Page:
goes so far as to claim that this concept may appear in the Talmud, but only as
a rejected, minority position.
Ramban (cited above) refuses to accept that God punishes the innocent out of
love. He explains that afflictions of
love come upon the individual who has sinned inadvertently. When the gemara mentions a person who cannot
find sins that would bring about a given punishment, it refers to a search for
purposeful iniquities. Although
inadvertent transgressions are far less serious than willful crimes, they too
deserve punishment, both because the sinner could have been more careful and
because the sin leaves a mark that taints the soul. These afflictions are "of love"
because they repair the soul and ready it for the World to Come.
Maharsha suggests that "afflictions of love" refer to vicarious
atonement. He cites support from the
famous verses in Yeshayahu 53
in which a righteous person apparently suffers for the
sins of others. Of course, this reading
of Yeshayahu 53 immediately
calls to mind the Christian reading of that chapter, and we tend to think that
Judaism does not endorse the Christian concept of vicarious atonement.
our assumptions about a divide between Christianity and Judaism on this issue
correct? On the one hand, some sources
(e.g., Mo'ed Katan 28a) speak of the death of the righteous being an atonement,
and Yeshayahu 53 can be read along the same lines. On the other hand, many passages in Yechezkel
(e.g., chapter 18) and other places emphasize individual responsibility and
reject the concept of suffering for the sins of others. Indeed, the Radak (Yeshayahu 53:4) states
that those verses in Yeshayahu reflect the people’s erroneous belief, but the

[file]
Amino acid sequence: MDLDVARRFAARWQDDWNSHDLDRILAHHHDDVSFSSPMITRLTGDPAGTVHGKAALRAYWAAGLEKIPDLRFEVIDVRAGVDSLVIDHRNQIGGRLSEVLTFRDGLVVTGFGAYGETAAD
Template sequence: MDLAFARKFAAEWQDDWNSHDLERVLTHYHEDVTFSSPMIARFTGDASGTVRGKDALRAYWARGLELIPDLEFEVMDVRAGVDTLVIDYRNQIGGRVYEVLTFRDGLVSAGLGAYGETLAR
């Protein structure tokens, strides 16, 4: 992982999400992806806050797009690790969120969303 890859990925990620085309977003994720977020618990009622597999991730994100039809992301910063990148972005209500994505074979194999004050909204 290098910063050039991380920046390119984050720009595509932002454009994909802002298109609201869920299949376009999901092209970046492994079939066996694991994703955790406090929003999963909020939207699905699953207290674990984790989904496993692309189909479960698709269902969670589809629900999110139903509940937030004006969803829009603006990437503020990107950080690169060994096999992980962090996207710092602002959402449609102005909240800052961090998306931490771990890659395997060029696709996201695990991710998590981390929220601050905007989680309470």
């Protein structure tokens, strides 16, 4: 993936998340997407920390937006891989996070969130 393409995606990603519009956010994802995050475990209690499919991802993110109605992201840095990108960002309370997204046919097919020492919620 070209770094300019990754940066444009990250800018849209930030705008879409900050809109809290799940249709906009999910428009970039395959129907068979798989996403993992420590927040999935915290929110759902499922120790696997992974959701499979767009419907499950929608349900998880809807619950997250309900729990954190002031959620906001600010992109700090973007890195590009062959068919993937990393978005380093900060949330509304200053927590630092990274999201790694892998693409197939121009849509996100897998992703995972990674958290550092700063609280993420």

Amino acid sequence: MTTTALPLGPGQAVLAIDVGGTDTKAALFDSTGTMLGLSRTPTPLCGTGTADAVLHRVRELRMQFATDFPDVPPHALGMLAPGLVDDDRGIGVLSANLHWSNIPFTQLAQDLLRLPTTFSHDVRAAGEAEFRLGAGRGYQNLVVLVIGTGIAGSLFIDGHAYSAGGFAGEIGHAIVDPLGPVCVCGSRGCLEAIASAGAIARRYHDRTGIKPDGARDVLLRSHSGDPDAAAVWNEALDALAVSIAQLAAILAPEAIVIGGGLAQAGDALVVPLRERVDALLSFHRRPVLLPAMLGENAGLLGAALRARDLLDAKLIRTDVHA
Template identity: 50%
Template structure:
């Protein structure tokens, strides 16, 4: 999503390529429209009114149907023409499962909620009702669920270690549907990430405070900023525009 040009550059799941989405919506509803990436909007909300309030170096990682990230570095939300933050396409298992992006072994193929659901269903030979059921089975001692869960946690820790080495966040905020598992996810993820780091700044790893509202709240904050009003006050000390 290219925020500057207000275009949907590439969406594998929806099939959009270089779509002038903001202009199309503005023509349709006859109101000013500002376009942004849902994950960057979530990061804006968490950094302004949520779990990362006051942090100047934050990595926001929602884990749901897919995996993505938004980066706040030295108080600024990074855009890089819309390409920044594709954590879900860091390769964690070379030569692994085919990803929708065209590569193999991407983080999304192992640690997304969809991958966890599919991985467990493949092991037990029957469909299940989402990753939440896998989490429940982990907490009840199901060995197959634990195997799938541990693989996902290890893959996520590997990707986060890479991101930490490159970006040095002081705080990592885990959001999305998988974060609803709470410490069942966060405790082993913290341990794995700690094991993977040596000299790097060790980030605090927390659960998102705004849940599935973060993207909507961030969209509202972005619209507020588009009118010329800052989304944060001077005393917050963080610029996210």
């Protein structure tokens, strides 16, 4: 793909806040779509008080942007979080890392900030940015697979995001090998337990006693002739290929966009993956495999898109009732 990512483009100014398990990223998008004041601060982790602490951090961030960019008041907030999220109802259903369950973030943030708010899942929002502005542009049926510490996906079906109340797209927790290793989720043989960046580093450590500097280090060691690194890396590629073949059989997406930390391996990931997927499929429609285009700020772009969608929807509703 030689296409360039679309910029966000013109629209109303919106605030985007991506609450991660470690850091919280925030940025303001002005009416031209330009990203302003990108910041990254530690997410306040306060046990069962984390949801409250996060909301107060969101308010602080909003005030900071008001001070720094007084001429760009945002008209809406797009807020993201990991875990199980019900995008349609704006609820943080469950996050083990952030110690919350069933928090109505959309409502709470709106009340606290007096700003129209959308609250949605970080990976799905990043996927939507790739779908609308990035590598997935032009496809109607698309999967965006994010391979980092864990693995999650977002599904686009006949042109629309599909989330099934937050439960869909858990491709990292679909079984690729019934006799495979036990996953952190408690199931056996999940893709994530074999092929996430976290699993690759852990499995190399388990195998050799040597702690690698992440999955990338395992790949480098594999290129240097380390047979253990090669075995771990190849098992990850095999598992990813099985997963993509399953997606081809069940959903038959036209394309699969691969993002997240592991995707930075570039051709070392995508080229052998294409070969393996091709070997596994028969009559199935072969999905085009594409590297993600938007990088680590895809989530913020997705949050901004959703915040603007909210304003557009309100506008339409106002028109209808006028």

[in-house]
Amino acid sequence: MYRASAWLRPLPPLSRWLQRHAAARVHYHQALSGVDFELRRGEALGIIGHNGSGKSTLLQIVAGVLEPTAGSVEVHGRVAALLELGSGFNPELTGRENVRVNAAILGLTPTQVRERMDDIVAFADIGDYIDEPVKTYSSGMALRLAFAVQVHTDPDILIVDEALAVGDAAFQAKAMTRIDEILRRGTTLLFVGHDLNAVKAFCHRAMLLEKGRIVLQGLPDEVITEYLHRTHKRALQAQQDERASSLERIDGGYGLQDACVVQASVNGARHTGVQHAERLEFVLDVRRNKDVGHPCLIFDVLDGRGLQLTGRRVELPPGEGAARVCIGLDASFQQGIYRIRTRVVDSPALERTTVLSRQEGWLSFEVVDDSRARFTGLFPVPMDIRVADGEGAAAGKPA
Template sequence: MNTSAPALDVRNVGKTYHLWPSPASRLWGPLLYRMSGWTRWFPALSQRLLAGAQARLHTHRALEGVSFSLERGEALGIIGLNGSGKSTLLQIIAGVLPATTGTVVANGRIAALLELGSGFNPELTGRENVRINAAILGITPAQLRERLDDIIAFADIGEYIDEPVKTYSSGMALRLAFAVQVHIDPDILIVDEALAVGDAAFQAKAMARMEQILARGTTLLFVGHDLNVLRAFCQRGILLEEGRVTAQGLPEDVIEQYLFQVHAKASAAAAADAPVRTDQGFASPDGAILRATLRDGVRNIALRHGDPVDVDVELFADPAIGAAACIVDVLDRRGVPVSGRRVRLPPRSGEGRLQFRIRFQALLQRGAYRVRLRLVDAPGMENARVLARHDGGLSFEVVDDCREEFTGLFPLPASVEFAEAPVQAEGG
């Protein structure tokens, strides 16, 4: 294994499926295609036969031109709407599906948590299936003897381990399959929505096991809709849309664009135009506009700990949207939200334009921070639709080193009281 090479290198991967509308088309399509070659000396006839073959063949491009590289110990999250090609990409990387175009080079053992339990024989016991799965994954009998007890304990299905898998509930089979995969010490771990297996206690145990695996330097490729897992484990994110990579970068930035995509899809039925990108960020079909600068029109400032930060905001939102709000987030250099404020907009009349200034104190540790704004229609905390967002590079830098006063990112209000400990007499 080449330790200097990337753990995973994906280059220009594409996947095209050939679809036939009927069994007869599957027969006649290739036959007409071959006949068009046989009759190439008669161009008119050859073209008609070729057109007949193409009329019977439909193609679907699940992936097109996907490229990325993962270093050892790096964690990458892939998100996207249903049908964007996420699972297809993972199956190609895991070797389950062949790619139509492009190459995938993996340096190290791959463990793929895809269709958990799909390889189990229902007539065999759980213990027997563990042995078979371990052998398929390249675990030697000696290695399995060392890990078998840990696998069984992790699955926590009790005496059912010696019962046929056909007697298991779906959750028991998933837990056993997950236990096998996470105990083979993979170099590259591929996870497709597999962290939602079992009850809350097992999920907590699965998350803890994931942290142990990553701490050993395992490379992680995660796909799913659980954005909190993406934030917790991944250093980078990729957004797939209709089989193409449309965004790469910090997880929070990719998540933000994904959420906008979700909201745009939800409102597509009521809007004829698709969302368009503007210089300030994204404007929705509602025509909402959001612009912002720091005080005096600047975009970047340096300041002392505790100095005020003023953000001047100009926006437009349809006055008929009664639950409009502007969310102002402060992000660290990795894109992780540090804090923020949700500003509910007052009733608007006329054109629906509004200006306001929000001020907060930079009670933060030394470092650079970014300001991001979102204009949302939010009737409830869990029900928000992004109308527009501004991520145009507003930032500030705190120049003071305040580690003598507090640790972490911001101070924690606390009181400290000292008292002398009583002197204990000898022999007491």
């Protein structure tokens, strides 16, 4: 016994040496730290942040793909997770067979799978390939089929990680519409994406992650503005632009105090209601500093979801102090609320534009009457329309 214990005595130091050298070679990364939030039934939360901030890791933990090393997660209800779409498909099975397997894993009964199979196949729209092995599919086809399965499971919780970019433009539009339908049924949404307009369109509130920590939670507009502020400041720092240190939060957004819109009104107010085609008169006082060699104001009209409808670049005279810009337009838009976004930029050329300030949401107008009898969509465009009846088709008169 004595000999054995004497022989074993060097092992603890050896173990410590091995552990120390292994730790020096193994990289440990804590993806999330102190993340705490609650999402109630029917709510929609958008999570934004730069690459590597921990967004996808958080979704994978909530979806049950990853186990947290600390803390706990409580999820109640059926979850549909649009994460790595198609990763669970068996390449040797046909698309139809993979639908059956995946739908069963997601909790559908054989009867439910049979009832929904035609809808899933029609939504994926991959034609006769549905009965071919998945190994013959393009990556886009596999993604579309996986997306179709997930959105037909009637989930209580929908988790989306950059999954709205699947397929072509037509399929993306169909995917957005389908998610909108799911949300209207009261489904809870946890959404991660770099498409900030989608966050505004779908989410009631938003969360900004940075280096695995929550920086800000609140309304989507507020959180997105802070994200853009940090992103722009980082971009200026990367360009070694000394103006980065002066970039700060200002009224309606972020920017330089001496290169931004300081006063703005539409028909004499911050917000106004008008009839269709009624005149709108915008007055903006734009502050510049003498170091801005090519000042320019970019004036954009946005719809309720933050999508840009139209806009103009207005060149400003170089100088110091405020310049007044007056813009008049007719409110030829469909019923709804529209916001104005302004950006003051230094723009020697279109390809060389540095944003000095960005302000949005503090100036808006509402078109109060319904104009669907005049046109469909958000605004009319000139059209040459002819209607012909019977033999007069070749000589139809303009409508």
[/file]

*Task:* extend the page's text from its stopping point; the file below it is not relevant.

reality is that each person suffers only for his or her own transgressions. Perhaps we can say that Judaism is far more
conflicted about vicarious atonement than Christianity.
Carmy once suggested to me a different religious dividing line regarding this
matter. Some Christians believe that man
is so depraved that only vicarious atonement could pave the way towards
salvation. Our tradition may include
some form of vicarious atonement, but it is not based on the assumption that,
due to human lowliness, such help from the suffering of the righteous
represents the only possible route to salvation.
Maharal (Netivot Olam, Netiv Ha-yissurin 1) and the Ran (Derashot
Ha-Ran, p. 174) explain that affliction sometimes promote personal
religious growth. For the Maharal,
suffering helps break our attachment to the material; for the Ran, suffering
helps free us from the snare of wild imagination. Either way, the afflictions help us focus our
attention on the most important things in life.
the Ran and the Maharal write about suffering moving us away from certain
potentially harmful aspects of the human personality, we can broaden the point
to a much wider range of religious growth.
Struggling with frustrations and difficulties often brings out new
reservoirs of strength and helps us realize aspects of our humanity that we
would not have found otherwise.
approach differs from that of the Mutazalite Kalam because, according to the
Ran and the Maharal, the suffering is not spiritually pointless. Rather, it provides an avenue to growth of
the human religious personality. Of
course, some kinds of suffering might prove too crushing to have such a
positive effect, and I am not suggesting that this model would solve every
difficult case of unjustified suffering.
John Hick, a
contemporary theologian, builds a similar theodicy in his Evil and the God
of Love. He contrasts a pet owner
with a parent. The former is solely
interested in providing a life of comfort for the pet. The latter is interested in the personal
growth and development of the child.
This will sometimes include decisions that make life more taxing for the
child because in those struggles, the child achieves religious, ethical and
that we have seen various understandings that break the easy causal connection
between sin and punishment. Yaakov Elman
has written a number of articles showing the many other Talmudic models that
also sever this link. Apparently, we can
believe in divine, providential justice and still understand that the pain of
others and even our own difficulties need not always be traced back to
sin. Suffering should make us think of teshuva,
but several models exist to explain why we suffer.